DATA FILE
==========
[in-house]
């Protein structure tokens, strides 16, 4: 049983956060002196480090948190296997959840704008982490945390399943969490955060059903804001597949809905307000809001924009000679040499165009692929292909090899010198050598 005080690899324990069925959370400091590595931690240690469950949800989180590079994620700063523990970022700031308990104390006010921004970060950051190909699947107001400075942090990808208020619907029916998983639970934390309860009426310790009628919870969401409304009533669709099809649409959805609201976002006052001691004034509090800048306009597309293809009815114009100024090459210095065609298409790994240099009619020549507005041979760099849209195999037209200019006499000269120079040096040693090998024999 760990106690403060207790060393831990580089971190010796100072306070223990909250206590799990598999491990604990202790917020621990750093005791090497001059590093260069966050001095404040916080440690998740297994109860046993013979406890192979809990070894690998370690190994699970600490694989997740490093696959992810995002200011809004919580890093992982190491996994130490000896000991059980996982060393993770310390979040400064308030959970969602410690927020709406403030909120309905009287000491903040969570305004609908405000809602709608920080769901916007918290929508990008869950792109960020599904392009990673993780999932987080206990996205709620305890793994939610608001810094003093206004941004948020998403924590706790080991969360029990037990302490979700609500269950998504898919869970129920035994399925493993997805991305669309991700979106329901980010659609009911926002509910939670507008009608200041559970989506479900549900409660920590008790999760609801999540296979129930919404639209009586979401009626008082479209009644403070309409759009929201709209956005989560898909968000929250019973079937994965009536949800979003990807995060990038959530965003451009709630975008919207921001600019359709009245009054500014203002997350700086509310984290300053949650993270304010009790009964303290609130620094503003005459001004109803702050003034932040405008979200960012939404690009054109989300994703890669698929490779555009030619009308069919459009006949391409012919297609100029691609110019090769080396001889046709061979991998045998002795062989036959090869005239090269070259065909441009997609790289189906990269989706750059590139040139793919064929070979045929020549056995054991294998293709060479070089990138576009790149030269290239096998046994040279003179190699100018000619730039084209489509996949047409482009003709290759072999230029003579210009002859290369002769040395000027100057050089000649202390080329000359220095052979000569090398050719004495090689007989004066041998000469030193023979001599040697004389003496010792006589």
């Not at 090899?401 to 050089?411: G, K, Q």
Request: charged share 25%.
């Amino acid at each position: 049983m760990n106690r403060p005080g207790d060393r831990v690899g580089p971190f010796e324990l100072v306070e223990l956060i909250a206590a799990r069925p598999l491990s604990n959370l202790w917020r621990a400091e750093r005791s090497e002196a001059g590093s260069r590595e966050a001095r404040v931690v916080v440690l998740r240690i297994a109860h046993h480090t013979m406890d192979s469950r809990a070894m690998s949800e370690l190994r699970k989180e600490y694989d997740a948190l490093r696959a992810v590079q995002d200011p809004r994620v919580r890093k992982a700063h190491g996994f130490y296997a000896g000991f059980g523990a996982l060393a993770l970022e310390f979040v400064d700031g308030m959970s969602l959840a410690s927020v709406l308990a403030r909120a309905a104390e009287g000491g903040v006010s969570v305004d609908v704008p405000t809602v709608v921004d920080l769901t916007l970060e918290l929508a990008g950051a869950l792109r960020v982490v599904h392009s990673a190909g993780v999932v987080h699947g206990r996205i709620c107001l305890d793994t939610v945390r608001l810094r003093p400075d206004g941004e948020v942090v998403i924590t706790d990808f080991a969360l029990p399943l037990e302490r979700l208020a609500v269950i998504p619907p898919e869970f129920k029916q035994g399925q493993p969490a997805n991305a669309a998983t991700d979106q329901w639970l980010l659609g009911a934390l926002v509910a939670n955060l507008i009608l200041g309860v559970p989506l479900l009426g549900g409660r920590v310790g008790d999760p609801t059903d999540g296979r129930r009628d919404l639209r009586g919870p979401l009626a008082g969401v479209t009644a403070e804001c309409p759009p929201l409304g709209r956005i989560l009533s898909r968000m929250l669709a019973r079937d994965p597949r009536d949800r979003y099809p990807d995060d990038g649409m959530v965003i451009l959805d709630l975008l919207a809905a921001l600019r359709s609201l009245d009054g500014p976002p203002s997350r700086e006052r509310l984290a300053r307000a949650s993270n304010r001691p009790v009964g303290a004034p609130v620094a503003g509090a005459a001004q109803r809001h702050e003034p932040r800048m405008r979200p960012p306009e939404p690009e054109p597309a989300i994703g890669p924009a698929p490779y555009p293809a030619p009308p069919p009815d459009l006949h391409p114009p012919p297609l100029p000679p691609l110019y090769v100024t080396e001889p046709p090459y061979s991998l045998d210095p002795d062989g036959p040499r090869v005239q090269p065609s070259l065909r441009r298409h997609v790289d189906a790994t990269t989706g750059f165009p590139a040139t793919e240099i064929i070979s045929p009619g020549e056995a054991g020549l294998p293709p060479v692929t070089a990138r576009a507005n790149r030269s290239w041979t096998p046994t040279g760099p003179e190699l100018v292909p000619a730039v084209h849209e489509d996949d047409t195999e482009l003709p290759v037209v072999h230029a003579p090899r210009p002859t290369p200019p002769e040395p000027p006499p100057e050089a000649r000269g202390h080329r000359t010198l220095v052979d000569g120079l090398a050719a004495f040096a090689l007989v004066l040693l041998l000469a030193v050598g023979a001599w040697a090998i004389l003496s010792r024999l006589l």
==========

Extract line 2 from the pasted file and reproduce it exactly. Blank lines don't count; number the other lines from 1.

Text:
């Protein structure tokens, strides 16, 4: 049983956060002196480090948190296997959840704008982490945390399943969490955060059903804001597949809905307000809001924009000679040499165009692929292909090899010198050598 005080690899324990069925959370400091590595931690240690469950949800989180590079994620700063523990970022700031308990104390006010921004970060950051190909699947107001400075942090990808208020619907029916998983639970934390309860009426310790009628919870969401409304009533669709099809649409959805609201976002006052001691004034509090800048306009597309293809009815114009100024090459210095065609298409790994240099009619020549507005041979760099849209195999037209200019006499000269120079040096040693090998024999 760990106690403060207790060393831990580089971190010796100072306070223990909250206590799990598999491990604990202790917020621990750093005791090497001059590093260069966050001095404040916080440690998740297994109860046993013979406890192979809990070894690998370690190994699970600490694989997740490093696959992810995002200011809004919580890093992982190491996994130490000896000991059980996982060393993770310390979040400064308030959970969602410690927020709406403030909120309905009287000491903040969570305004609908405000809602709608920080769901916007918290929508990008869950792109960020599904392009990673993780999932987080206990996205709620305890793994939610608001810094003093206004941004948020998403924590706790080991969360029990037990302490979700609500269950998504898919869970129920035994399925493993997805991305669309991700979106329901980010659609009911926002509910939670507008009608200041559970989506479900549900409660920590008790999760609801999540296979129930919404639209009586979401009626008082479209009644403070309409759009929201709209956005989560898909968000929250019973079937994965009536949800979003990807995060990038959530965003451009709630975008919207921001600019359709009245009054500014203002997350700086509310984290300053949650993270304010009790009964303290609130620094503003005459001004109803702050003034932040405008979200960012939404690009054109989300994703890669698929490779555009030619009308069919459009006949391409012919297609100029691609110019090769080396001889046709061979991998045998002795062989036959090869005239090269070259065909441009997609790289189906990269989706750059590139040139793919064929070979045929020549056995054991294998293709060479070089990138576009790149030269290239096998046994040279003179190699100018000619730039084209489509996949047409482009003709290759072999230029003579210009002859290369002769040395000027100057050089000649202390080329000359220095052979000569090398050719004495090689007989004066041998000469030193023979001599040697004389003496010792006589």